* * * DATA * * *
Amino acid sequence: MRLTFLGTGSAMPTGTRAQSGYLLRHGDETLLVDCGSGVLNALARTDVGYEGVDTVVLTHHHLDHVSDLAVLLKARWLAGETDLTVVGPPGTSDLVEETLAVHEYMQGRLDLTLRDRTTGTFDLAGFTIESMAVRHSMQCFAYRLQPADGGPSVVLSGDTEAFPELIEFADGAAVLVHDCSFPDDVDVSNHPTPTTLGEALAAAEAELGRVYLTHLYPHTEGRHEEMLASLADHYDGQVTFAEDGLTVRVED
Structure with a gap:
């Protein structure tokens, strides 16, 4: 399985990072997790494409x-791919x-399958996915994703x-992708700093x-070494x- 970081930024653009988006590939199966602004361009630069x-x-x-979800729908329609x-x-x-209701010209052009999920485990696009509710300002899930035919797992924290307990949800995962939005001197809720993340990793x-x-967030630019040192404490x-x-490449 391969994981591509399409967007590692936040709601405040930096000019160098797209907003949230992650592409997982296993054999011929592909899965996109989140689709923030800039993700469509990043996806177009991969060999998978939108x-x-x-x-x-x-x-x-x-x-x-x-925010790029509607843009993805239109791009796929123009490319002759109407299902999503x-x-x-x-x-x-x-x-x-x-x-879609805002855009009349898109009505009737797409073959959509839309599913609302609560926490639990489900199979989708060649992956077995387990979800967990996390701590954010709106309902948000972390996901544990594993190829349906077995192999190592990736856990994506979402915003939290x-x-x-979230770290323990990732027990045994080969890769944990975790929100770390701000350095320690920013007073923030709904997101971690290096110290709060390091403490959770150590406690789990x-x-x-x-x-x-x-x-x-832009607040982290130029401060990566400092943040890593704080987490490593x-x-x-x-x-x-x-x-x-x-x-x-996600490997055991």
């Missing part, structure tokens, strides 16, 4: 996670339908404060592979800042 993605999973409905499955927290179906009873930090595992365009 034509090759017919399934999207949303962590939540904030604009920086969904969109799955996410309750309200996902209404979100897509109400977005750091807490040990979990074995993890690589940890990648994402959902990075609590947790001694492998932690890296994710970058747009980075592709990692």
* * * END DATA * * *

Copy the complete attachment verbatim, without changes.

Amino acid sequence: MRLTFLGTGSAMPTGTRAQSGYLLRHGDETLLVDCGSGVLNALARTDVGYEGVDTVVLTHHHLDHVSDLAVLLKARWLAGETDLTVVGPPGTSDLVEETLAVHEYMQGRLDLTLRDRTTGTFDLAGFTIESMAVRHSMQCFAYRLQPADGGPSVVLSGDTEAFPELIEFADGAAVLVHDCSFPDDVDVSNHPTPTTLGEALAAAEAELGRVYLTHLYPHTEGRHEEMLASLADHYDGQVTFAEDGLTVRVED
Structure with a gap:
């Protein structure tokens, strides 16, 4: 399985990072997790494409x-791919x-399958996915994703x-992708700093x-070494x- 970081930024653009988006590939199966602004361009630069x-x-x-979800729908329609x-x-x-209701010209052009999920485990696009509710300002899930035919797992924290307990949800995962939005001197809720993340990793x-x-967030630019040192404490x-x-490449 391969994981591509399409967007590692936040709601405040930096000019160098797209907003949230992650592409997982296993054999011929592909899965996109989140689709923030800039993700469509990043996806177009991969060999998978939108x-x-x-x-x-x-x-x-x-x-x-x-925010790029509607843009993805239109791009796929123009490319002759109407299902999503x-x-x-x-x-x-x-x-x-x-x-879609805002855009009349898109009505009737797409073959959509839309599913609302609560926490639990489900199979989708060649992956077995387990979800967990996390701590954010709106309902948000972390996901544990594993190829349906077995192999190592990736856990994506979402915003939290x-x-x-979230770290323990990732027990045994080969890769944990975790929100770390701000350095320690920013007073923030709904997101971690290096110290709060390091403490959770150590406690789990x-x-x-x-x-x-x-x-x-832009607040982290130029401060990566400092943040890593704080987490490593x-x-x-x-x-x-x-x-x-x-x-x-996600490997055991």
């Missing part, structure tokens, strides 16, 4: 996670339908404060592979800042 993605999973409905499955927290179906009873930090595992365009 034509090759017919399934999207949303962590939540904030604009920086969904969109799955996410309750309200996902209404979100897509109400977005750091807490040990979990074995993890690589940890990648994402959902990075609590947790001694492998932690890296994710970058747009980075592709990692």